What They Don’t Tell You about Being Fat
I was always thin as a child. As an adult, I ranged between extremely thin and height/weight proportionate–until I experienced a psychological meltdown. I went on psych meds upon my doctor’s advice. The main effect of the pills was that I began to rapidly gain weight. I switched from one pill to another trying to stop the weight gain but the pounds just kept piling on.
I went on a rigid diet and worked out 2 hours a day, 5 days a week but I couldn’t lose the weight. After years of dietary denial and exhausting exercise, I finally gave up and decided to just eat whatever and whenever I wanted. What was the use of all the special food prep and sweating if there was no measurable result? Eating became my primary stress-reliever. As years went by, my weight crept up until I was 100 pounds overweight.
Of course I hated myself. This culture is not kind to fat people, especially women. I’d been socialized to believe that fat people deserve to be the butt of jokes because they are weak, greedy, out of control, disgusting, ugly and unworthy of nice-looking, well-tailored clothes. I, like everyone, had heard a million times about the risks of being fat: high cholesterol, heart disease, cancer, etc. and I felt guilty for ruining my health when there were people depending on me.
When I was thin, I was as judgmental as the next person. I had no sympathy for overweight people; they chose to stuff themselves so they should bear the consequences. Now from the other side, along with the weight, I have gained some insight. There are a lot of things about being fat that no one writes in the magazine articles.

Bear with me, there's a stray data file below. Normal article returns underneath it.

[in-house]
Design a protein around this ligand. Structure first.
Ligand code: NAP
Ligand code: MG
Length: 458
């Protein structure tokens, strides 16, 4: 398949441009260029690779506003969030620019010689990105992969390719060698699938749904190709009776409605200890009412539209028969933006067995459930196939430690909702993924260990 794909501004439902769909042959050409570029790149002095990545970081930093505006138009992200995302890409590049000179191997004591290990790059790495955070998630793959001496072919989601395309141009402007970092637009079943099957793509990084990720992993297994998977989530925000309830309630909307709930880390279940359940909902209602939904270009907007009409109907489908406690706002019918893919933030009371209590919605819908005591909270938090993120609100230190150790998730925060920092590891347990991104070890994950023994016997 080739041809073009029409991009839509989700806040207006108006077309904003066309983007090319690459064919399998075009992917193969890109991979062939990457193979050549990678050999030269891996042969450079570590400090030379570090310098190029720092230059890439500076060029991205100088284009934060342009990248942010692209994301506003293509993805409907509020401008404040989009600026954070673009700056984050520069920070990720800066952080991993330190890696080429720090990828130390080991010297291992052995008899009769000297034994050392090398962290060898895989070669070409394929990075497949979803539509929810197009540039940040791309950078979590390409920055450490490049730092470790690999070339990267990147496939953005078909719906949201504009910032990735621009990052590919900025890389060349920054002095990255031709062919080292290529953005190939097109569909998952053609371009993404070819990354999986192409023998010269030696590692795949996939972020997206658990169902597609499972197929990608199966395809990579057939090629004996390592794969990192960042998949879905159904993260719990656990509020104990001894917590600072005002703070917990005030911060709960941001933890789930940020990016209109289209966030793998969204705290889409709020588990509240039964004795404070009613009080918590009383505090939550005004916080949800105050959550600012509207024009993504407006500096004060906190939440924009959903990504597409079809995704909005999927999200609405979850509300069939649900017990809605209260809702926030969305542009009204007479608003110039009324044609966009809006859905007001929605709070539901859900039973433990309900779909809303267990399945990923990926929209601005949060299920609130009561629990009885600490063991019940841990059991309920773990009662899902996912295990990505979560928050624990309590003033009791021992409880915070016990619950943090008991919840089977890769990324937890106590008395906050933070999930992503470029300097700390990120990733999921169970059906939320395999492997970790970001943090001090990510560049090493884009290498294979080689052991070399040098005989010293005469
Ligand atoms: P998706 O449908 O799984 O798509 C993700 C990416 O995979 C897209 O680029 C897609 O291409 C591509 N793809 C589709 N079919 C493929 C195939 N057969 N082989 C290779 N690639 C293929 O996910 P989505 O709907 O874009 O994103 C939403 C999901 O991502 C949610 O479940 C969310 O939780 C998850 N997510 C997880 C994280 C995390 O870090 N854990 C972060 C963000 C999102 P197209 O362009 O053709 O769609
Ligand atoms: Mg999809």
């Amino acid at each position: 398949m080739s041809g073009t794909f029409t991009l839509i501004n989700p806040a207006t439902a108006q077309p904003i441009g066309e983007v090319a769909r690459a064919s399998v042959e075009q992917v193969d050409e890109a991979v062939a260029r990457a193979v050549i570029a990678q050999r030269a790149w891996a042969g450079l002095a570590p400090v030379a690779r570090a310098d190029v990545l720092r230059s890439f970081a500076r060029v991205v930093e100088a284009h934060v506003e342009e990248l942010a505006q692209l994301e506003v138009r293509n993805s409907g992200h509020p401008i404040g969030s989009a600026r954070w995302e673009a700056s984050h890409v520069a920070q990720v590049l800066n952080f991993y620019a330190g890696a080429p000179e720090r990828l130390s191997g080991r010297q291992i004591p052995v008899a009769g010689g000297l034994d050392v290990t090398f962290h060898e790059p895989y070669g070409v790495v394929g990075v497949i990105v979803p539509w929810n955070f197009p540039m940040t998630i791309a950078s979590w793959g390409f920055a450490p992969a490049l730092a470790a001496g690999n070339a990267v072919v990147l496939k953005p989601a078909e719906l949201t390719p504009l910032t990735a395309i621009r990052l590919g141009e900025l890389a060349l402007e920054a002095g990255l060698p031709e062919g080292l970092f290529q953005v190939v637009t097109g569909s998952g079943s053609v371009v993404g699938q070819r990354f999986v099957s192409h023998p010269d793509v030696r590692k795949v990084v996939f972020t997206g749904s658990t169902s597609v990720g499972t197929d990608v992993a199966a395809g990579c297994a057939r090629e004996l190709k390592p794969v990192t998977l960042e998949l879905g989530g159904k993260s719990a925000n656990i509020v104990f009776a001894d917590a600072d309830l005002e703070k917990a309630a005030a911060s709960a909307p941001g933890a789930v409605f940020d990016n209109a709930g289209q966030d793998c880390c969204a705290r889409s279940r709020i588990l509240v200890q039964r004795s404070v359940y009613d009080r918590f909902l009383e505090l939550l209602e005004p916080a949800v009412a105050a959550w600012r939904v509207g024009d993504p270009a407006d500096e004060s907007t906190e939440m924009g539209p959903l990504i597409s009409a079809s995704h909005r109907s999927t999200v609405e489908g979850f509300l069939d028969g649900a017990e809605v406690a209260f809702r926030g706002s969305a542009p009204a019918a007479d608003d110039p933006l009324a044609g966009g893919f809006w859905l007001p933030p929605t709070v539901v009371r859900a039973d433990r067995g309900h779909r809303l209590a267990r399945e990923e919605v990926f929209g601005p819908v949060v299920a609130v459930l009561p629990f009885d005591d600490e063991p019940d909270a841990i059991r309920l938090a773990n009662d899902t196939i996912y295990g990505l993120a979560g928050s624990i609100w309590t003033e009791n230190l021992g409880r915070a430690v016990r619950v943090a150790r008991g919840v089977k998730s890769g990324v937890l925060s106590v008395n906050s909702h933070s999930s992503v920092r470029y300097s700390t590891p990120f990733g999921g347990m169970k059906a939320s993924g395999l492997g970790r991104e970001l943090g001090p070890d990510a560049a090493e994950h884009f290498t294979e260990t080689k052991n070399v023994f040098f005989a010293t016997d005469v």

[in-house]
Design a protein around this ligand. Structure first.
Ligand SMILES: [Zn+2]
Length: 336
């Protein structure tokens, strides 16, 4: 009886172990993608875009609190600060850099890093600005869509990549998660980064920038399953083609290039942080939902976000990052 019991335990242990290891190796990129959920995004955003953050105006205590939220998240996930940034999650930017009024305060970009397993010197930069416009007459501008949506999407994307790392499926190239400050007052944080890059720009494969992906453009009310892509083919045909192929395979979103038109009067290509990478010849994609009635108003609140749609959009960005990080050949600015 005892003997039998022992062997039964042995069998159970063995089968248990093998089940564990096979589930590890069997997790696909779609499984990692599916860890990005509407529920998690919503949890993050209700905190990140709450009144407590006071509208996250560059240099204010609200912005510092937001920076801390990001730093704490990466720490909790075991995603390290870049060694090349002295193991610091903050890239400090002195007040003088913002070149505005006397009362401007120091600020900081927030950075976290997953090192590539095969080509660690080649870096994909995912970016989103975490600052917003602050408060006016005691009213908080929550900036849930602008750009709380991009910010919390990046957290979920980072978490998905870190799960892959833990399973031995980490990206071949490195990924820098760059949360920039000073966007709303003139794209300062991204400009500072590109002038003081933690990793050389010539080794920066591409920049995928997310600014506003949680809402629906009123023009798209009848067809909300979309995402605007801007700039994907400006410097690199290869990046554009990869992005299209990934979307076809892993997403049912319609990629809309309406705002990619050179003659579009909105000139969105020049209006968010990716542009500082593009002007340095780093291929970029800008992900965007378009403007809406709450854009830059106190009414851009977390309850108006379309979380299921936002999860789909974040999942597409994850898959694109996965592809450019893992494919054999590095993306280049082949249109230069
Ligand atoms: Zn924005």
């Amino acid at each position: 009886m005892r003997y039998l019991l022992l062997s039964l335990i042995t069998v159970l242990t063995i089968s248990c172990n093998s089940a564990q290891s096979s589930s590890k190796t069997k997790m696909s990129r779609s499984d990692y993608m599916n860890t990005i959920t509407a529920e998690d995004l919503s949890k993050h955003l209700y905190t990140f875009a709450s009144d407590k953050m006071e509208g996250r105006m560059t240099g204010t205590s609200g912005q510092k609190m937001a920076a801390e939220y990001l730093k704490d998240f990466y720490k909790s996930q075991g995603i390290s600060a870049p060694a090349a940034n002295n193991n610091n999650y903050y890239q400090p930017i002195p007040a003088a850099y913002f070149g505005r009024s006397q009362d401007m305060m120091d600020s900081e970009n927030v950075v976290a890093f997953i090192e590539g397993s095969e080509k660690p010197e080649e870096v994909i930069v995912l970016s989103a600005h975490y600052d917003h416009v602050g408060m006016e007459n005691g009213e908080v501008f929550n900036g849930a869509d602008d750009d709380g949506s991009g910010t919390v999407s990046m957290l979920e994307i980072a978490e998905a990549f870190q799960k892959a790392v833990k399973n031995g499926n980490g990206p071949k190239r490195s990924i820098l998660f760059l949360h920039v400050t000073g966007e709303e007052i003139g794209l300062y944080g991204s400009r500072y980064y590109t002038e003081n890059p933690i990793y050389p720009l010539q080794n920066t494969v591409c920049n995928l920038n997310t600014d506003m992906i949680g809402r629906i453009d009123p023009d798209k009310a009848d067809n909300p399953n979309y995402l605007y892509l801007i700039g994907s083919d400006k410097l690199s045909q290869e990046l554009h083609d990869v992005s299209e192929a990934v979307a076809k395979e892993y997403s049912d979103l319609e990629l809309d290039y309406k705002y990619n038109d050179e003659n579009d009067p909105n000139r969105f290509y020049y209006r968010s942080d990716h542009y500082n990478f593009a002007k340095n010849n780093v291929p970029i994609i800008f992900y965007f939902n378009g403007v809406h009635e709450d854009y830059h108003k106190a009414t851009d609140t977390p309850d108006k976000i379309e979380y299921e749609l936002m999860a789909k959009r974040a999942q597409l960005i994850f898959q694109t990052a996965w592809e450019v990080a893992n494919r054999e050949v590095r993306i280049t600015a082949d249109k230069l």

- Not everyone who is overweight is a sedentary, bottomless pit for junk food.
- Some people are just heavy for no discernible reason.
- Some have a genetic predisposition to carry fat.
- Some have physiological imbalances that make it nearly impossible to lose weight.
- Some are so sad, depressed or stressed that cortisol literally forces them to store fat.
- For some, eating is the only comfort that works for them.
- There are as many reasons as there are overweight people. Virtually NO ONE wakes up one morning and says, “I think I’ll eat like a pig and get fat–that sounds like fun!”
- Being fat is physically painful.
- As I sit here typing this article, the roll of fat that’s mashed between my breasts and my rounded stomach is being compressed, and the circulation to it is restricted. As a result, it tingles and hurts, and the muscles in the area sometimes spasm painfully from lack of oxygen.
- I cannot get comfortable in bed. The weight of my own body presses down on my joints, causing them to ache. My limbs have a tendency to go to sleep. I wake up several times a night to re-position myself (even rolling over in bed is awkward and difficult) so that whichever limb is numb or tingling can get some circulation.
- My knees are shot. When I climb up a flight of stairs (which I avoid if possible), I actually lean forward and walk my hands up each step in front of me because that takes some of the weight off my knees. Otherwise, it’s agony.
- Getting dressed and grooming is a whole new ball game.
- Being morbidly obese throws my balance off. I cannot wash my feet with my bath puff in the shower because not only does it hurt to bend over, I don’t trust my balance to keep me from falling. I usually wash one foot by rubbing it with the other.
- Since bending over is so uncomfortable, I quit shaving my legs.
- If I don’t wash thoroughly enough, the folds of my fat can develop a fungus that burns and bleeds during hot weather because a moist, dark environment is ideal for fugal growth.
- Fat people generally sweat more than normal-sized people, so I’m sort of paranoid that I smell bad all the time.
- I let my toenails grow into talons before I’m willing to contort myself to trim them.
- I cannot put on my underwear, pants and socks while standing as I used to do. I have to sit down or risk falling over.
- The world is made for thin people.
- I don’t sit in armchairs anymore. It’s a lot easier sliding my fat into the chair than trying to pry myself back out.
- Those contoured seats in buses are so uncomfortable cutting into the backs of my thighs that I’d rather stand up.